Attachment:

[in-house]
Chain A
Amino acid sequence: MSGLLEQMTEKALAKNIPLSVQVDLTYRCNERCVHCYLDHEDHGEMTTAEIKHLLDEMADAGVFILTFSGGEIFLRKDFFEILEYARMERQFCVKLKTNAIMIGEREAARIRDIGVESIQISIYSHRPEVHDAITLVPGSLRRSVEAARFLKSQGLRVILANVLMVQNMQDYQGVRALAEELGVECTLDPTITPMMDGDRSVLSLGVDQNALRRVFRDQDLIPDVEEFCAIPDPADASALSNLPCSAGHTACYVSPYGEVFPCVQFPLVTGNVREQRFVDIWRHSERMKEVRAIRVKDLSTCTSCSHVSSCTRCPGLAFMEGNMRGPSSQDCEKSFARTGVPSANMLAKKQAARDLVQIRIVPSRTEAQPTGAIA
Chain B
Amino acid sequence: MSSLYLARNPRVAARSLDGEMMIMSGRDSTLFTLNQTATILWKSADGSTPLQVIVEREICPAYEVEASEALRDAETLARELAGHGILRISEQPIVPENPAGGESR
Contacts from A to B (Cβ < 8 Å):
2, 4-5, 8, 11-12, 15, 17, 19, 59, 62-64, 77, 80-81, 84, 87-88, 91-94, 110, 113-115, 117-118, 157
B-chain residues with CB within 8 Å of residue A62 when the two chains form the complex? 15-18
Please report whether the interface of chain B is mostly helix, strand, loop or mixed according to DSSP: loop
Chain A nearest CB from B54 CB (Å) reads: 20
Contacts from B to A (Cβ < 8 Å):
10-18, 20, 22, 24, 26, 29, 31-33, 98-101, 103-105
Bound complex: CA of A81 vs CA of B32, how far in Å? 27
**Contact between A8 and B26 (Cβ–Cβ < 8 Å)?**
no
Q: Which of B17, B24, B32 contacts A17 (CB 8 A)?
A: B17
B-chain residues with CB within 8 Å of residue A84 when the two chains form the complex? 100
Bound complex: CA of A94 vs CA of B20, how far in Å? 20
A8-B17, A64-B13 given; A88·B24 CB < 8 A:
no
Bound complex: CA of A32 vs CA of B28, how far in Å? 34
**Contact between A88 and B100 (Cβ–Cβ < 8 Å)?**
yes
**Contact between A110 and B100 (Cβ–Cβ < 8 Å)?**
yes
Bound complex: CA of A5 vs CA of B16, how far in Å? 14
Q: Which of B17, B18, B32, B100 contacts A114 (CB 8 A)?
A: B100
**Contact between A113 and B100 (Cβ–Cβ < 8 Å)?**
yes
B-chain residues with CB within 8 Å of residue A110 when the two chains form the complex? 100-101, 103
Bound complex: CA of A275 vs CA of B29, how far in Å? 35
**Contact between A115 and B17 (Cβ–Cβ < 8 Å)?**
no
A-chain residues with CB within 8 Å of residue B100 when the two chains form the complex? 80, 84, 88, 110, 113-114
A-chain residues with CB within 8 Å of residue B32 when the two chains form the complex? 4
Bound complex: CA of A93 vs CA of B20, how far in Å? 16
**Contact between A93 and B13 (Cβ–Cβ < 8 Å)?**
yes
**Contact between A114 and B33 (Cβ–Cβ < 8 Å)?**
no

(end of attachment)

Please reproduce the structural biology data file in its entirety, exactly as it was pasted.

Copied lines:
[in-house]
Chain A
Amino acid sequence: MSGLLEQMTEKALAKNIPLSVQVDLTYRCNERCVHCYLDHEDHGEMTTAEIKHLLDEMADAGVFILTFSGGEIFLRKDFFEILEYARMERQFCVKLKTNAIMIGEREAARIRDIGVESIQISIYSHRPEVHDAITLVPGSLRRSVEAARFLKSQGLRVILANVLMVQNMQDYQGVRALAEELGVECTLDPTITPMMDGDRSVLSLGVDQNALRRVFRDQDLIPDVEEFCAIPDPADASALSNLPCSAGHTACYVSPYGEVFPCVQFPLVTGNVREQRFVDIWRHSERMKEVRAIRVKDLSTCTSCSHVSSCTRCPGLAFMEGNMRGPSSQDCEKSFARTGVPSANMLAKKQAARDLVQIRIVPSRTEAQPTGAIA
Chain B
Amino acid sequence: MSSLYLARNPRVAARSLDGEMMIMSGRDSTLFTLNQTATILWKSADGSTPLQVIVEREICPAYEVEASEALRDAETLARELAGHGILRISEQPIVPENPAGGESR
Contacts from A to B (Cβ < 8 Å):
2, 4-5, 8, 11-12, 15, 17, 19, 59, 62-64, 77, 80-81, 84, 87-88, 91-94, 110, 113-115, 117-118, 157
B-chain residues with CB within 8 Å of residue A62 when the two chains form the complex? 15-18
Please report whether the interface of chain B is mostly helix, strand, loop or mixed according to DSSP: loop
Chain A nearest CB from B54 CB (Å) reads: 20
Contacts from B to A (Cβ < 8 Å):
10-18, 20, 22, 24, 26, 29, 31-33, 98-101, 103-105
Bound complex: CA of A81 vs CA of B32, how far in Å? 27
**Contact between A8 and B26 (Cβ–Cβ < 8 Å)?**
no
Q: Which of B17, B24, B32 contacts A17 (CB 8 A)?
A: B17
B-chain residues with CB within 8 Å of residue A84 when the two chains form the complex? 100
Bound complex: CA of A94 vs CA of B20, how far in Å? 20
A8-B17, A64-B13 given; A88·B24 CB < 8 A:
no
Bound complex: CA of A32 vs CA of B28, how far in Å? 34
**Contact between A88 and B100 (Cβ–Cβ < 8 Å)?**
yes
**Contact between A110 and B100 (Cβ–Cβ < 8 Å)?**
yes
Bound complex: CA of A5 vs CA of B16, how far in Å? 14
Q: Which of B17, B18, B32, B100 contacts A114 (CB 8 A)?
A: B100
**Contact between A113 and B100 (Cβ–Cβ < 8 Å)?**
yes
B-chain residues with CB within 8 Å of residue A110 when the two chains form the complex? 100-101, 103
Bound complex: CA of A275 vs CA of B29, how far in Å? 35
**Contact between A115 and B17 (Cβ–Cβ < 8 Å)?**
no
A-chain residues with CB within 8 Å of residue B100 when the two chains form the complex? 80, 84, 88, 110, 113-114
A-chain residues with CB within 8 Å of residue B32 when the two chains form the complex? 4
Bound complex: CA of A93 vs CA of B20, how far in Å? 16
**Contact between A93 and B13 (Cβ–Cβ < 8 Å)?**
yes
**Contact between A114 and B33 (Cβ–Cβ < 8 Å)?**
no